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11 Cannibals From Mythology Around The World

Updated January 2, 2020 3.0k votes 785 voters 56.7k views11 items

List RulesVote up the mythological cannibals you'd be most afraid to run into on a dark and rainy night.

Cannibalism, the act of eating the flesh of your own species, is considered taboo in most cultures. As such, it's long been a focus of fascination, woven into myths and stories in a variety of ways. Creepy mythological cannibals come in many guises, hail from all parts of the world, and appear in all different belief systems. 

Cannibals in mythology, unrestrained by reality, are often more disturbing than those in real life. Sometimes, they take the form of humans, and other times, they walk the line between human and creature. No matter what form they come in, they share a hunger for human flesh, or the desire to feed someone else human flesh. Sometimes, these cannibal myths can even lead to real-life cannibalism.

 

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    Baba Yaga, Who Decorates With The Bones Of Her Targets

    Commonly depicted as either an old ugly woman or a trio of sisters, Baba Yaga, is a cannibal from Slavic folklore. A shapeshifter normally in the guise of a wicked old woman, she travels by flying around in an iron kettle or in a mortar, using a pestle to steer. It's believed she lives in the woods in a hut made of chicken legs, surrounded by a fence made of the human bones of her targets.

    Legend has it that she nabs, cooks, and eats those who fail to complete her tasks and riddles, oftentimes children. 

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    Atreus And Thyestes, Who Ate Their Own Kin At A Feast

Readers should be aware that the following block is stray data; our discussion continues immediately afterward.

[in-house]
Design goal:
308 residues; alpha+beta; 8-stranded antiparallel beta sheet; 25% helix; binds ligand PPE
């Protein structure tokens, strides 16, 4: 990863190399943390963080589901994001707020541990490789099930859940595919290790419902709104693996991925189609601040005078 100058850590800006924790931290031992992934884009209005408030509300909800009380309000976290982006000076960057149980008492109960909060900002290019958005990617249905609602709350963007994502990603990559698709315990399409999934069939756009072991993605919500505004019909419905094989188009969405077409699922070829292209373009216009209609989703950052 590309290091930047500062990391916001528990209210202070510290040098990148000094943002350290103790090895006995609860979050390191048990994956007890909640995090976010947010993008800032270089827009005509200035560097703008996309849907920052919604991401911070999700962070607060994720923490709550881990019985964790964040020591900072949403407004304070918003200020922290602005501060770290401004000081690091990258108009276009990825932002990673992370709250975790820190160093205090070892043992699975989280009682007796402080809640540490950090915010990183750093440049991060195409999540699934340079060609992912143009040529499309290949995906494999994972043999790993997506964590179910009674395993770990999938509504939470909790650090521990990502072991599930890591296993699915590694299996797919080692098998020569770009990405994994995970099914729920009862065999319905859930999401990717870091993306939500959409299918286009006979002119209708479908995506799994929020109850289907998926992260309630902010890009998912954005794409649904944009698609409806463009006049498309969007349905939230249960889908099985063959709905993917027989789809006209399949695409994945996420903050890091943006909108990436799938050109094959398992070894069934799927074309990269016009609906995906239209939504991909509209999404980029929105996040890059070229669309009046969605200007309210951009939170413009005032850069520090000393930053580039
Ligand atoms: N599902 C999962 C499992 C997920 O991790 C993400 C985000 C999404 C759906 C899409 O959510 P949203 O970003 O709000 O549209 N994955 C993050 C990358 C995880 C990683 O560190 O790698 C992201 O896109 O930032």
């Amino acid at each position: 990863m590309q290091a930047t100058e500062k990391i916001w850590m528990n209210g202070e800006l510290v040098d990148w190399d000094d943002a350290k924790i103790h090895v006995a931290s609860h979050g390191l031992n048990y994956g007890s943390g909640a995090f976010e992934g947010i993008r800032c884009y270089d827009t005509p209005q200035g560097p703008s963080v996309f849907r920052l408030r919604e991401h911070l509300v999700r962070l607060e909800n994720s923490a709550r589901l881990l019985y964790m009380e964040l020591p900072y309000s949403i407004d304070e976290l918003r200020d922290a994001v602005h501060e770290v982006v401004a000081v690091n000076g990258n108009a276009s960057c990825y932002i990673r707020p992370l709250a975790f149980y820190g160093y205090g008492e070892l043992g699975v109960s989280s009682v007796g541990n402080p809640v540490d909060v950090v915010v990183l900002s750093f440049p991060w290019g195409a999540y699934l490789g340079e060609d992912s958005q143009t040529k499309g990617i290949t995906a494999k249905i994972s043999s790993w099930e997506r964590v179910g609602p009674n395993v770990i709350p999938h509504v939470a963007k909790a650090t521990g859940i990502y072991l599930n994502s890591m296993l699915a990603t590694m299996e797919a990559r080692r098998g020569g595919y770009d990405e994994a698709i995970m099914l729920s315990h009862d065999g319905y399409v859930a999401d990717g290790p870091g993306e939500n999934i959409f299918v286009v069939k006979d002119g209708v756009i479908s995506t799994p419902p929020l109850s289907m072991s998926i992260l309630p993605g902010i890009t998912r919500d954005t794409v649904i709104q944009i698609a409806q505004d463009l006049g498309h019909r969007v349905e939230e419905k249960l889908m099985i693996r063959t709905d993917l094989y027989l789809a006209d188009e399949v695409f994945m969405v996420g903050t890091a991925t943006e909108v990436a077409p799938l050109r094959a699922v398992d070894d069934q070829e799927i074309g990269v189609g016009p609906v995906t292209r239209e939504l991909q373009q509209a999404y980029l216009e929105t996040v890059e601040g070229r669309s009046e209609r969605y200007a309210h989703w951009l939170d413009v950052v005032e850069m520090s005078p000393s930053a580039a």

The mythological brothers Atreus and Thyestes of Greek lore grew up to have an intense rivalry over many things, including various thrones and the wife of Atreus, Aerope. After discovering that his brother, Thyestes, usurped the throne of Mycenae and had an affair with his wife Aerope, Atreus decided to get the ultimate revenge on Thyestes.

    Atreua invited Thyestes and his sons to dinner. Then, without his brother knowing, Atreus had Thyestes' sons slain and served their flesh as part of the banquet. This is how the phrase Thyestean Banquet (or Feast) came to be.

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    Muma Pădurii, Who Likes Some Little Girl Soup

    A sort of Hansel and Gretel character from Romanian myth, Muma Pădurii is the kind of cannibal that can cause little children to never want to leave their homes again. Although her name means "mother of the forest," there’s nothing maternal about her thirst for little children.

    Able to shift shapes, she can appear in different forms, but her true embodiment is as an ugly old woman. Depicted as taking and imprisoning children, in some versions of the myth, she attempts to boil a little girl alive and make a soup out of her. Similar to the story of Hansel and Gretel, the children manage to outsmart her and escape.

     

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    Tantalus, Who Tried To Feed His Son To His Dad

    Photo: August Theodor Kaselowsky / Wikimedia Commons / Public Domain

    In Greek mythology, Zeus's son Tantalus angered the gods when he took ambrosia and nectar from their sacred table. After being chastised, he decided to get the gods back by slaying his son Pelops and feeding him to them as a test of their omnipotence. Given their legitimate all-knowingness, the gods didn't eat any of Pelops (except for Demeter, who was distracted and took a tiny bite). After the near cannibalistic consumption of his grandson, Zeus ordered that Pelops be brought back to life, and the tiny piece of shoulder that Demeter ate was replaced with solid ivory.

    Zeus punished Tantalus by exiling him from Olympus and to eternal unhappiness after his demise. 

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